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Stung To A Response
By : Richard Lawton
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Apparently Iíve written a few articles that have not pleased Harold Hayward. He writes as a criticism of The Australian Christian that: Ö undue weight has been given to comment on political and social matters from a liberal humanist perspective. While there is no objection to the publication of such material, a Christian journal should give equal weight to thoughtful alternative views on matters of controversy Ė leaving it up to the readers to make their own judgments. As the principal current affairs columnist for The Australian Christian over the past few years, I assume that the criticism refers mainly to my writing. Iíve not responded to criticisms of particular articles, as Iíve wanted to leave scope for people to make known their alternative views. As Haroldís is directed at The Australian Christian, it seems appropriate to make a response. I have to confess Iím not sure what a liberal humanist perspective is. When I check my dictionary I see humanism defined as a school or system of thought or action in which human interests predominate. Well?

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Comments / Feedback
Harold Hayward
Thanks, Richard. You were not specifically targetted. For what itís worth, I closely fit the pigeon-hole you describe. And I also agree with your comment that ďmany issues are not black and white, and fairness and sensitivity demand that two sides are presentedĒ. This is my point exactly. As you recognize, it is extremely difficult to do this in a short journalistic piece Ė so perhaps we should not try.

In the event, some political and social comment, particularly during the recent election campaign, appeared similar to that of newspaper journalists whose biases have been apparent over many years. So what distinctive contribution to understanding are we making? Then there is the question of balance in the spread of articles published. Would a casual reader of our national journal recognize that it had anything to do with theology?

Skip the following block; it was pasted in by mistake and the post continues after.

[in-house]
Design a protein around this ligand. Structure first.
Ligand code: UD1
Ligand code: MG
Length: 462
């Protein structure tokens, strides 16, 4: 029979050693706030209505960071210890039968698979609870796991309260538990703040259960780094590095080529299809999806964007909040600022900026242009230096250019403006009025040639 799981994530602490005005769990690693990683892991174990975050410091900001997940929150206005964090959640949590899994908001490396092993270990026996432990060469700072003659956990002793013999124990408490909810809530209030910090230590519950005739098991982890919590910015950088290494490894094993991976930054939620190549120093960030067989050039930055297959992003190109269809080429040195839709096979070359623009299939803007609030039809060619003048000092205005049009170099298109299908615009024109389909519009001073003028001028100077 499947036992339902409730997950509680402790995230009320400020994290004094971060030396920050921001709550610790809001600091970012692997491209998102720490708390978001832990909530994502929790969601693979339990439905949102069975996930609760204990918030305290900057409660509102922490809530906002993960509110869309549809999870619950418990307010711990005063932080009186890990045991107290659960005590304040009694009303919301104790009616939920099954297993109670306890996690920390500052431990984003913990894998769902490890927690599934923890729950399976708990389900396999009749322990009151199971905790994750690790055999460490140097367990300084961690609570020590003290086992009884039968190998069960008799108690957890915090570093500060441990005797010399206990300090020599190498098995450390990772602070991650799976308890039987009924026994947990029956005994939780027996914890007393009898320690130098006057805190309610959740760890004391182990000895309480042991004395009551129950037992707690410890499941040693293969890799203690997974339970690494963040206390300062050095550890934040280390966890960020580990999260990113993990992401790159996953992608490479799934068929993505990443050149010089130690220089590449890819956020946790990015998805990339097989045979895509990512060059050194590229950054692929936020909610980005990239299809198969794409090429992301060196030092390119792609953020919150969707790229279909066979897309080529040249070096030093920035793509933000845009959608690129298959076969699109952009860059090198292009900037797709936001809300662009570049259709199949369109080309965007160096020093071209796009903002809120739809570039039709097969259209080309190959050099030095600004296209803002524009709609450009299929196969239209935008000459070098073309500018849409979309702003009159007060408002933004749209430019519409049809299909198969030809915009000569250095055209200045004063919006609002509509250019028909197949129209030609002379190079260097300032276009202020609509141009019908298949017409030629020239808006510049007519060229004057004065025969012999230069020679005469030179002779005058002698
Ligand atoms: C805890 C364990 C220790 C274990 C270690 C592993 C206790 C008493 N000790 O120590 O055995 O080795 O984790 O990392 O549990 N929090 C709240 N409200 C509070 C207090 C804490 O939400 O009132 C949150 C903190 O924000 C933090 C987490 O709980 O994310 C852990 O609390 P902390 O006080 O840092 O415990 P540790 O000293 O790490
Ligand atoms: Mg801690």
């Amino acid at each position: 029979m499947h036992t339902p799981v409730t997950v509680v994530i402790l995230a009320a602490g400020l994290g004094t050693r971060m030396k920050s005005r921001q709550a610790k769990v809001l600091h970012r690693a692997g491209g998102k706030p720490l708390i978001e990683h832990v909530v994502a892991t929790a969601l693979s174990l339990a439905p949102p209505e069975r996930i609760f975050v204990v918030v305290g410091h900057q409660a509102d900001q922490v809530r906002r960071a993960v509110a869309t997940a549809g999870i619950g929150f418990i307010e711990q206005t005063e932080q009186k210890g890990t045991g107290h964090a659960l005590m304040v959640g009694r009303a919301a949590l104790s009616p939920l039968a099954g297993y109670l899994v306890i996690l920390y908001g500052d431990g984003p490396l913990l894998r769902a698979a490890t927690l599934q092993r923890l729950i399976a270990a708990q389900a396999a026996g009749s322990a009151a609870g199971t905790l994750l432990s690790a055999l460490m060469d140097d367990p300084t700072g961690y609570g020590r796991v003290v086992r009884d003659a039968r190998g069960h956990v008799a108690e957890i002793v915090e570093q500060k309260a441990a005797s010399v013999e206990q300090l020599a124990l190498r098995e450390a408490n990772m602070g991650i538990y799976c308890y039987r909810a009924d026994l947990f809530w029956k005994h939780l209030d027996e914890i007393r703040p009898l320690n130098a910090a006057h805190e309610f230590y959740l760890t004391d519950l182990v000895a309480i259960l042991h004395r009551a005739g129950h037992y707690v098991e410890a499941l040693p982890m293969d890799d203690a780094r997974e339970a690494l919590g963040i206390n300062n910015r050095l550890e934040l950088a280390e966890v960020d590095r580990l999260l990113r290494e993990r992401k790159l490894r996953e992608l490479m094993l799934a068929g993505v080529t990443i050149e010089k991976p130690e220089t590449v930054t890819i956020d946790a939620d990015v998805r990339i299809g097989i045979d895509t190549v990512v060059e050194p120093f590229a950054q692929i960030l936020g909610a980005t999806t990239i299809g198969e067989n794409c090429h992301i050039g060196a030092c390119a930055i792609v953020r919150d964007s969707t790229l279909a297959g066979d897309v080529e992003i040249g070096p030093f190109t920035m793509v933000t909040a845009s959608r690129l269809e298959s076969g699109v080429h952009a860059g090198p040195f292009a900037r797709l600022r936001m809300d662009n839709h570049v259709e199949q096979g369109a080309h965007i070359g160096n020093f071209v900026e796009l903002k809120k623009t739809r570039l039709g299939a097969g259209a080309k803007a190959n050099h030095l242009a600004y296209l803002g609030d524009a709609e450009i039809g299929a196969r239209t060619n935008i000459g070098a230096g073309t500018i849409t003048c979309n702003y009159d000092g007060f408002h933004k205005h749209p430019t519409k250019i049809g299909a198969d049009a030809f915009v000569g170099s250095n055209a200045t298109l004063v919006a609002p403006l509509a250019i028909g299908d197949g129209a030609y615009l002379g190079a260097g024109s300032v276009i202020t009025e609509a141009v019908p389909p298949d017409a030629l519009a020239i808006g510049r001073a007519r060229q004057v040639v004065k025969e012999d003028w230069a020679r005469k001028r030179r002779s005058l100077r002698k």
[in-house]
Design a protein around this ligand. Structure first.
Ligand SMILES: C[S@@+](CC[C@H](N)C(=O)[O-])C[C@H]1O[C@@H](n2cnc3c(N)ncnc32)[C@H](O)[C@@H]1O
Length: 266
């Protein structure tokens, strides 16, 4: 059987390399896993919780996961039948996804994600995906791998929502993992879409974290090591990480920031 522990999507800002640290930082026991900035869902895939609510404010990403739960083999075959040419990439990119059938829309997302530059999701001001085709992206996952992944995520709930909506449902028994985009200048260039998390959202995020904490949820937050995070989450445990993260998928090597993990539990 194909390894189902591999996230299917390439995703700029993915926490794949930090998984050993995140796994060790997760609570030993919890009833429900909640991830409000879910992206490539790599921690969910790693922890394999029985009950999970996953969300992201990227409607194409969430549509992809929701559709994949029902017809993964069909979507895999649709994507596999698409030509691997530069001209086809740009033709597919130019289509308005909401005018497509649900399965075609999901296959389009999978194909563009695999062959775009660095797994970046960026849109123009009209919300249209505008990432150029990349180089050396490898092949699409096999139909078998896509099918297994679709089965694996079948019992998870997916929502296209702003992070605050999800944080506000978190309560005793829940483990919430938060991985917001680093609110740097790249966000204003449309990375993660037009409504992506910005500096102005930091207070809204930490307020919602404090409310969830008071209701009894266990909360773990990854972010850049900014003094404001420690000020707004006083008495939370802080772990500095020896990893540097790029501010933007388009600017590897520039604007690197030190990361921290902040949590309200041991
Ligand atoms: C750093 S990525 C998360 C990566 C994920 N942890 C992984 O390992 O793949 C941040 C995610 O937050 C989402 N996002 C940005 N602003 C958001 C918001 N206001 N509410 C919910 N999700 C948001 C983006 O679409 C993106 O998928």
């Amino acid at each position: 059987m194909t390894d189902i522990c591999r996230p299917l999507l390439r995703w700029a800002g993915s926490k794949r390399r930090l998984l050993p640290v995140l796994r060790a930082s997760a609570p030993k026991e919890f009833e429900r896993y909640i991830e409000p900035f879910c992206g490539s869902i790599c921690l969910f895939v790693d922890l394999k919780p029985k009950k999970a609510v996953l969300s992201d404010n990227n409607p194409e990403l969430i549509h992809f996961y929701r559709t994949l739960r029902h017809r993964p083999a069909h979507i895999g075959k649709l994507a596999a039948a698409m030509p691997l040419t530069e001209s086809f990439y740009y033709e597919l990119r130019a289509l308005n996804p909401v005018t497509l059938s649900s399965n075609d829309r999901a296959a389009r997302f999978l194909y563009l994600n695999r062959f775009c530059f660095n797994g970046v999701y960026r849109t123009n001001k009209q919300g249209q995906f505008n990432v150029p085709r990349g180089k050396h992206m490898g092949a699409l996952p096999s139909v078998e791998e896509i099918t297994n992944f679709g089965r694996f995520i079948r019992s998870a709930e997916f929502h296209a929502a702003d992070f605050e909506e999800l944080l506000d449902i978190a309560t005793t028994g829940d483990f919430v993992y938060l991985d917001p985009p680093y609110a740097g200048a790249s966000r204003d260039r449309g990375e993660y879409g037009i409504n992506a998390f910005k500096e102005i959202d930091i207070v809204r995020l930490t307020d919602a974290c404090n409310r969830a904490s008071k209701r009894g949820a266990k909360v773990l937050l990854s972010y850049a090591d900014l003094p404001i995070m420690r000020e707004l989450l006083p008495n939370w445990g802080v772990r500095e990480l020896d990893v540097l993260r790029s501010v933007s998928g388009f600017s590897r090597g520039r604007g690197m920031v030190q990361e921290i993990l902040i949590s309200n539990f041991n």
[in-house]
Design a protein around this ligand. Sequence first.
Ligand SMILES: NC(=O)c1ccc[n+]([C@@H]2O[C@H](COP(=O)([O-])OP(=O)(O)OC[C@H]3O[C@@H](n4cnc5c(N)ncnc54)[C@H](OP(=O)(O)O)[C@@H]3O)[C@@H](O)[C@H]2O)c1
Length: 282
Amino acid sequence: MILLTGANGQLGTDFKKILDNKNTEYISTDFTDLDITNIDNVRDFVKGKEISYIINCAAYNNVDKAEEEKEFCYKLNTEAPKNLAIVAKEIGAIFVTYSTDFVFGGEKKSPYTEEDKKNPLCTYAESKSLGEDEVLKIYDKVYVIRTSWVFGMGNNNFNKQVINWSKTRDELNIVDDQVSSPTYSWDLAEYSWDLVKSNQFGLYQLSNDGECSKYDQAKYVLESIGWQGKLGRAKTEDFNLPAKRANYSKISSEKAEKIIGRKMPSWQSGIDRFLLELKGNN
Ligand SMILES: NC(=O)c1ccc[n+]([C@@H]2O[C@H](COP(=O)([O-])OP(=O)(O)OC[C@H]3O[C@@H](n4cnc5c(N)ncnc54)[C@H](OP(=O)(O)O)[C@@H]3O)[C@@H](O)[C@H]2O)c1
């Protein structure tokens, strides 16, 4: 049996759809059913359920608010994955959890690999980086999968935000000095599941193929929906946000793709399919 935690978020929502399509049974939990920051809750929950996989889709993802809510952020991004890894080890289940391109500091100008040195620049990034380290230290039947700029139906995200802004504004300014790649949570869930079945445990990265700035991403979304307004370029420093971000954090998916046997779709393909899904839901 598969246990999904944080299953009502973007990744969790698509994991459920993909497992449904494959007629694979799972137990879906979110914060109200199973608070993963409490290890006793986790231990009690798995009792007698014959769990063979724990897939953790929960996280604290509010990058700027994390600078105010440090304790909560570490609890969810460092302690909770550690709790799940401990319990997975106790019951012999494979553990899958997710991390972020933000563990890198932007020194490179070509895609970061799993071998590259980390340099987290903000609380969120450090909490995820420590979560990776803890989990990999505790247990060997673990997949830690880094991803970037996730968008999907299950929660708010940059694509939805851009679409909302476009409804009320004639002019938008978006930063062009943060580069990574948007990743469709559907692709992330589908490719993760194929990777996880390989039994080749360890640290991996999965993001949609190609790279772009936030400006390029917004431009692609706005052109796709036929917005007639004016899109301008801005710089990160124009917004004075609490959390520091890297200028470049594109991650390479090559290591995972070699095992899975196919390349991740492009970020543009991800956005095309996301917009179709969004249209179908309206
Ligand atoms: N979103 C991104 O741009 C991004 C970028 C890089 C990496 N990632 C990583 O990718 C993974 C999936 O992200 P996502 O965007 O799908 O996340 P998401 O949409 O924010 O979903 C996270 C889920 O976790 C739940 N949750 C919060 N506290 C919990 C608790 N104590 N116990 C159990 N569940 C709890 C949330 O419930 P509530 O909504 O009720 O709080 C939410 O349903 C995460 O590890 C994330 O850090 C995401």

It seemed to me, that given the lack of resources of our federal body, our journalistic efforts might be better focused towards meeting the stated objectives of our National Council. Iím sure youíre aware that our communion internally has some enormous internal governance (political?) problems and like most communions, faces an increasingly hostile secular environment. The sooner we start dialoguing on these, the better.

Harold Hayward
Ian Smith
Interesting discussion - Harold aren't we doing theology when we begin to raise the questions that Richard does? Isn't in the thinking, dialogging and listening to various voices from within the faith community that we discern the "Christian perspective"? I know it is for me, for often in the dialogue, I'm made aware of the log in my own eye and the need to deal with it.
David Patterson
Richard's writing is always interesting and provokes me to think of my Christian response to the issues of life. I've always thought that that was what Jesus was saying when he said "I came that you might have life and have it more abundantly."

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